r/WallStreetBets founder detailed advice on the market

The retail community continues to move stocks more than a year after the initial meme stock frenzy in early 2021.

The founder of r/WallStreetBets, a reddit forum for retail traders to discuss stocks and options, had some advice for the community: The best financial education comes from the school of hard knocks.

“I learned a lot from my experience,” r/WallStreetBets’ Jaime Rogozinski said on Yahoo Finance Live (video above). “There is one thing in the stock market that no book can teach you, and that is to get control of your emotions and be able to think logically when you are in a trade.”

Photo by: STRF/STAR MAX/IPx 2021 2/2/21 GameStop, AMC and Silver share prices sink as Reddit short-squeeze loses steam.  STAR MAX Photography: GameStop, AMC, Reddit, Robinhood, WallStreetBets, stock charts and logos photographed from Apple devices..

GameStop, AMC and Silver share prices sink as Reddit short-squeeze loses steam. (STAR ​​MAX, Associated Press)

Rogozinski emphasized that traders of all levels, especially those new to trading, should not be afraid of making mistakes. Losses are bound to happen and are key to gaining market experience.

“Often, these retailers use smaller amounts of money,” Rogozinski added. “They can afford to lose 100% because we’re talking about $100 or $50, you know? It’s the price of tuition. They can go through, get their hands dirty and find what they like.”

A meme trade versus an investment

The r/WallStreetBets subreddit was created in January 2012 and now has over 12.5 million members. The page went viral for its involvement in the trading and retail frenzy that sent GameStop ( GME ) shares soaring in early 2021 and led to a congressional hearing.

“One of the things about the retailers, WallStreetBets, is that it’s a collective,” Rogozinski said. “He is not an individual. People come together and decide collectively.”

Rogozinksi explained that retailers tend to be younger and more “engaged” with their finances.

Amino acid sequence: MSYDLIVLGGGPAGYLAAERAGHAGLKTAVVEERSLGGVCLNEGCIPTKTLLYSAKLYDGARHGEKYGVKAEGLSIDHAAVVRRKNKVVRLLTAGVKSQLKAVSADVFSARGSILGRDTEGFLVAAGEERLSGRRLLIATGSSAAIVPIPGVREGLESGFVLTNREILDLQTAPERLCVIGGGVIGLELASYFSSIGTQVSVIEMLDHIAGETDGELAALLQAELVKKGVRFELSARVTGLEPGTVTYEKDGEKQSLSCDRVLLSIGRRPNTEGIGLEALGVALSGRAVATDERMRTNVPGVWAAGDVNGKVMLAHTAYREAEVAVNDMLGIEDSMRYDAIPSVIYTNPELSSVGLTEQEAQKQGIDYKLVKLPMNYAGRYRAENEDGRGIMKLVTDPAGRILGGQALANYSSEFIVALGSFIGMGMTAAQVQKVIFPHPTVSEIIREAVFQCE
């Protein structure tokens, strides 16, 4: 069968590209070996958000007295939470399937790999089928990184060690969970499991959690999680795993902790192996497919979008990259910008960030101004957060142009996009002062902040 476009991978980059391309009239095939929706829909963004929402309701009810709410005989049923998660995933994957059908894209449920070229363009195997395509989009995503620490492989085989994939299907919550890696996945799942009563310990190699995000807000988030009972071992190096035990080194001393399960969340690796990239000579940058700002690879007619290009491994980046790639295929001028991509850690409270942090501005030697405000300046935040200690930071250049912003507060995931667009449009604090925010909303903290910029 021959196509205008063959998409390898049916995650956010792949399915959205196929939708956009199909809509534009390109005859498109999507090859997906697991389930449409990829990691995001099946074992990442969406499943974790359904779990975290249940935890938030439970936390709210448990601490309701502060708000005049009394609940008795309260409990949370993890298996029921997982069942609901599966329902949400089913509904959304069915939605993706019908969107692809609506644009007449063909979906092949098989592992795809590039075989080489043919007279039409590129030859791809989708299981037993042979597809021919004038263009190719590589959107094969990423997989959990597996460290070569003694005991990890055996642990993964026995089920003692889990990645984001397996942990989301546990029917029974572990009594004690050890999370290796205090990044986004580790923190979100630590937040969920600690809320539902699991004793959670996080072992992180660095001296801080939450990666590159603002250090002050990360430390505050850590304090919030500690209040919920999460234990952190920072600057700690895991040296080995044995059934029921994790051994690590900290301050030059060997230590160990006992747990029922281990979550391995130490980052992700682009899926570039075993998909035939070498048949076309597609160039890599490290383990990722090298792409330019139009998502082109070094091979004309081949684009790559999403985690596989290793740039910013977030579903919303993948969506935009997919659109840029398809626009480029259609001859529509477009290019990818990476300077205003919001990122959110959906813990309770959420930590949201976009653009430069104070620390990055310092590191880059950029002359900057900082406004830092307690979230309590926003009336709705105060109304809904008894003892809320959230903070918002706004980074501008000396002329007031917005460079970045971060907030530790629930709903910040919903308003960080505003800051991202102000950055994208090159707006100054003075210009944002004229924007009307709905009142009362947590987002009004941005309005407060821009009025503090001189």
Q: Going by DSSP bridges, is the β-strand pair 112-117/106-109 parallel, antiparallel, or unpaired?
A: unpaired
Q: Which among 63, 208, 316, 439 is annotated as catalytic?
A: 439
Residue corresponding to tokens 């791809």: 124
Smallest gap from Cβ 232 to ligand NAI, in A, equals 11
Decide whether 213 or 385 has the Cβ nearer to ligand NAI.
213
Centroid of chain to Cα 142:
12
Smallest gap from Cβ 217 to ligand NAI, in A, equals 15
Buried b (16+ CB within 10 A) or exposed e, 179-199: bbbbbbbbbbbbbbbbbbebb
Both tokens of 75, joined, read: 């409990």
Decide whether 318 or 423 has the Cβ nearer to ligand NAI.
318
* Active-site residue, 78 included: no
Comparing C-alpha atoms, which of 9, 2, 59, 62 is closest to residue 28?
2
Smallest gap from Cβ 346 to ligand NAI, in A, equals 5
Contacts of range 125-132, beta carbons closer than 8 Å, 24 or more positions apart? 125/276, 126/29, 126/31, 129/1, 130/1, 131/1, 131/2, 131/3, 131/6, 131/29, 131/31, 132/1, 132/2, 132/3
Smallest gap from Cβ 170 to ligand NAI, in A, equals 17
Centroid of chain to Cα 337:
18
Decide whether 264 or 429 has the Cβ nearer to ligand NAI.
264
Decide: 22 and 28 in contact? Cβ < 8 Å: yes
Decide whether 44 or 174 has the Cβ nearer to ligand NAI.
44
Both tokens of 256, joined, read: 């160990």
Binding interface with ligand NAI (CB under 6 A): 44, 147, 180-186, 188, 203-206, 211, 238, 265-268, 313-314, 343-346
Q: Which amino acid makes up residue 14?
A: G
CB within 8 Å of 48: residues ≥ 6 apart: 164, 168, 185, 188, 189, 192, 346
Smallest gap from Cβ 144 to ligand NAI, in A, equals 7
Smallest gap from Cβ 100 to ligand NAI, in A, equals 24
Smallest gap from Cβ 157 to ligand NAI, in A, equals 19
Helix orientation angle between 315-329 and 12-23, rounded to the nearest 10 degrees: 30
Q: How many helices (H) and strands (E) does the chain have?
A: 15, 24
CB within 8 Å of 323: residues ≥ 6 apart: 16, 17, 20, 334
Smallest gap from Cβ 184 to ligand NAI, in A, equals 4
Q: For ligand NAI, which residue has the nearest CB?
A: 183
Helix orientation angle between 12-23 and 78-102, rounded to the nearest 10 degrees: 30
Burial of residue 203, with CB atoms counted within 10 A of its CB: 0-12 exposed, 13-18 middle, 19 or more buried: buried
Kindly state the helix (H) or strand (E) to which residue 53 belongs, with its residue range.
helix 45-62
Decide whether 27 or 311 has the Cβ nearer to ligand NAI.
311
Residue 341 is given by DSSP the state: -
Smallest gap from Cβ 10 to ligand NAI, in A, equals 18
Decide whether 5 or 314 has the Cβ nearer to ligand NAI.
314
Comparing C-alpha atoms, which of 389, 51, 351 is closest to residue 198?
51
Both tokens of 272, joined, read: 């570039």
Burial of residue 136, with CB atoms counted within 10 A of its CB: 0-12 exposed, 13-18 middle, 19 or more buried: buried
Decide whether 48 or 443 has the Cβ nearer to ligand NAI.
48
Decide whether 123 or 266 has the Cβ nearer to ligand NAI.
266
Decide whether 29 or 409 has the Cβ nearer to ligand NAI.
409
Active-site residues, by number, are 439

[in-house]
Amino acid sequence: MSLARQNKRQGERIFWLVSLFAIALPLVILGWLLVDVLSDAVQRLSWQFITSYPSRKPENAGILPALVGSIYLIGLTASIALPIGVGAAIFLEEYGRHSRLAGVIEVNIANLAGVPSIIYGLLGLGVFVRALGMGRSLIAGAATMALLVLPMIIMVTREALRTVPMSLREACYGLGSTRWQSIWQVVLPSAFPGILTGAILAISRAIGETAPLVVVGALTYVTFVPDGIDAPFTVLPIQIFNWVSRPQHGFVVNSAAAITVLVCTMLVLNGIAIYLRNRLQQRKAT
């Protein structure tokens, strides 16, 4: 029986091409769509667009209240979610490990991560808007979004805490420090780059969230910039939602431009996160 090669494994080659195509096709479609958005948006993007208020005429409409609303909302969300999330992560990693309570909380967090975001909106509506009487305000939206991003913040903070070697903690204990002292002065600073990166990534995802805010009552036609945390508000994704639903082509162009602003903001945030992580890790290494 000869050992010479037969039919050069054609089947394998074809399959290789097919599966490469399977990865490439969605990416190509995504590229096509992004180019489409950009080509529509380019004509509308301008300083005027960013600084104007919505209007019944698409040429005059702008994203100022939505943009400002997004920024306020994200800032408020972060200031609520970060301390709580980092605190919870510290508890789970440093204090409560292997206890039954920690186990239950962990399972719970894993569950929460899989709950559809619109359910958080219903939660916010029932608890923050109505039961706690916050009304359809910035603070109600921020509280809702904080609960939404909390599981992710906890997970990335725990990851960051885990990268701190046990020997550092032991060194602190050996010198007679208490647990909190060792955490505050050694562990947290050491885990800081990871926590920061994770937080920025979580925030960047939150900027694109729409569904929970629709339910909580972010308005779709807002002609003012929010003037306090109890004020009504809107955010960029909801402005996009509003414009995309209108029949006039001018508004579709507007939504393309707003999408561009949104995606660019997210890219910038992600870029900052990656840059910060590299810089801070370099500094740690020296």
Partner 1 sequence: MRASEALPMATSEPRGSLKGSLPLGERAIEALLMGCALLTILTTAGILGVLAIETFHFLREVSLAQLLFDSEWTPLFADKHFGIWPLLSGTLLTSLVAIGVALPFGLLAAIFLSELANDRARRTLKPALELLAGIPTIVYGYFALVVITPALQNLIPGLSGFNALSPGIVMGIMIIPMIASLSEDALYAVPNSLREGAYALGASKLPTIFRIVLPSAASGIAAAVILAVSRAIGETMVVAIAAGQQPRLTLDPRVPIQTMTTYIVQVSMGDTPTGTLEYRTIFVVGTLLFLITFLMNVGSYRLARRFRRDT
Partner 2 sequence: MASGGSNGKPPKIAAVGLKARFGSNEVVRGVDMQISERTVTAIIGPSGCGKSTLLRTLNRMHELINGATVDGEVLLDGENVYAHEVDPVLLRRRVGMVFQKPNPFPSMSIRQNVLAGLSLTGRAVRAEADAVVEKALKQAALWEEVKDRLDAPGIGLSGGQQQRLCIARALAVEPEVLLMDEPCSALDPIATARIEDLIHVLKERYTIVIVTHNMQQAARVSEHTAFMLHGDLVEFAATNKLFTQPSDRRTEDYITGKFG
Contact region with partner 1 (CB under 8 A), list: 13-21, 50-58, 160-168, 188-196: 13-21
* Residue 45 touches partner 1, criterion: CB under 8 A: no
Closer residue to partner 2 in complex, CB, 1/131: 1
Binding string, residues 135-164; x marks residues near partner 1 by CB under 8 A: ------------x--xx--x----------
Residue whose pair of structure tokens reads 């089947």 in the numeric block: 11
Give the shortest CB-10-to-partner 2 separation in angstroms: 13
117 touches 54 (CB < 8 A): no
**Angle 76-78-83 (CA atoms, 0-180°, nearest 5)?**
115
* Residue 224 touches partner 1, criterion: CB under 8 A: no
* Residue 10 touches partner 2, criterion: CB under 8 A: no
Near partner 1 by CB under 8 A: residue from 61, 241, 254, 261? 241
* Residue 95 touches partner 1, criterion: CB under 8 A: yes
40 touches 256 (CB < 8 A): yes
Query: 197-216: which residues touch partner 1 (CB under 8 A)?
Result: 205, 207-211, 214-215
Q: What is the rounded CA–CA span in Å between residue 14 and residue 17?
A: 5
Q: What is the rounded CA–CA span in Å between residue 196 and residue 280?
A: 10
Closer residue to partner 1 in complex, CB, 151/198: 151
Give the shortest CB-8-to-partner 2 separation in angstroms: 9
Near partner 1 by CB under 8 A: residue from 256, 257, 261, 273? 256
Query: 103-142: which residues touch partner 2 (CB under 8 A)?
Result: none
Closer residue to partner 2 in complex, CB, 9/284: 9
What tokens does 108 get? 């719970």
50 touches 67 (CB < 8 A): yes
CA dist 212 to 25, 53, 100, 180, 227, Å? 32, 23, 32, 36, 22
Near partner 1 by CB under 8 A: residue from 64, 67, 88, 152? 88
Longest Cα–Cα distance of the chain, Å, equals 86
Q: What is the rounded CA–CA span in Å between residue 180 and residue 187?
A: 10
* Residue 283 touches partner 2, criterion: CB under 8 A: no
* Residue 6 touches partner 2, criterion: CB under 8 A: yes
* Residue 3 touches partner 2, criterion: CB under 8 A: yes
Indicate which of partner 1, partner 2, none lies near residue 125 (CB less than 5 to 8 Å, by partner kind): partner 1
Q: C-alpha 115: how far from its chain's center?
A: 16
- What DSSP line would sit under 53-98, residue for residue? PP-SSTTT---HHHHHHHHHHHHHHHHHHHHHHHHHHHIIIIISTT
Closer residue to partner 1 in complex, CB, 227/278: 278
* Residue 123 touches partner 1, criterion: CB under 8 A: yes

On r/WallStreetBets, “what it allows them to do is learn about it in a fun way, speaking a language that makes it accessible,” Rogozinski said. “I often say that…the concepts that CFAs, Certified Financial Analysts or [those with a] graduate, they just have a lot of jargon for concepts that aren’t really that complicated. In WallStreetBets, you have the exact same concepts, but they have easier words, or they’ll have different words that sometimes make it more cartoonish, more fun, more meme-like.”

A Gallup survey from May 2022 found that 56% of US adults, totaling 144.6 million people, own stocks, including 25% of households earning less than $40,000 a year.

While many investors invest for the long term for goals like retirement, Rogozinksi noted that meme stocks are a different animal entirely because of their unpredictable nature.

“These are not investments, they are commercial transactions,” Rogozinski explained. “And so if you want to get into a highly volatile trade like GameStop or like a meme stock, you have to know how to trade it properly.”

A customer leaves a Bed Bath & Beyond store in Novi, Michigan, U.S., January 29, 2021. REUTERS/Emily Elconin

A customer leaves a Bed Bath & Beyond store in Novi, Michigan, U.S., January 29, 2021. REUTERS/Emily Elconin

Meme stocks tend to be consumer-facing companies that marketers already have a relationship with, such as the aforementioned GameStop, AMC, or Bed Bath & Beyond.

“You have to have a stock for a company that’s tangible that retailers can relate to, not some obscure, I don’t know, chemical company,” Rogozinski said. “This is a store you can go to, this is a car you can drive, this is a chip you can put in your computer.”

Stock memes have “reminiscent ingredients”

Although r/WallStreetBets has been an incubator for meme stock culture, Rogozinski doesn’t consider himself a meme trader.

“I have a very particular trading style and it’s not the stock meme – I’ve never really understood that,” he said. “But I’m definitely enjoying what’s going on and it’s definitely a very new phenomenon that I’m not sure a lot of people have really mastered.”

Rogozinski’s comments came at the height of a meme-fueled rally in Bed Bath & Beyond ( BBBY ) stock. The retailer’s stock then plummeted after activist investor and GameStop President Ryan Cohen sold his 9.8% stake in BBBY for $68 million.

At the time, shares were driven to a high of $28.04 on August 16 before falling 30% on the same day. Since then, activity in the stock has eased somewhat, although shares are still up more than 92% for the month of August.

Although he didn’t personally invest in Bed Bath & Beyond, Rogozinski was still “on board” with his idea as a meme stock business.

“You can see it has a lot of similarities to GameStop,” Rogozinski said of the hype surrounding the brand and its volume of transactions. “We’re getting a lot of components reminiscent of what we saw during GameStop.”

Luke is a producer for Yahoo Finance. You can follow him on Twitter @theLukeCM.

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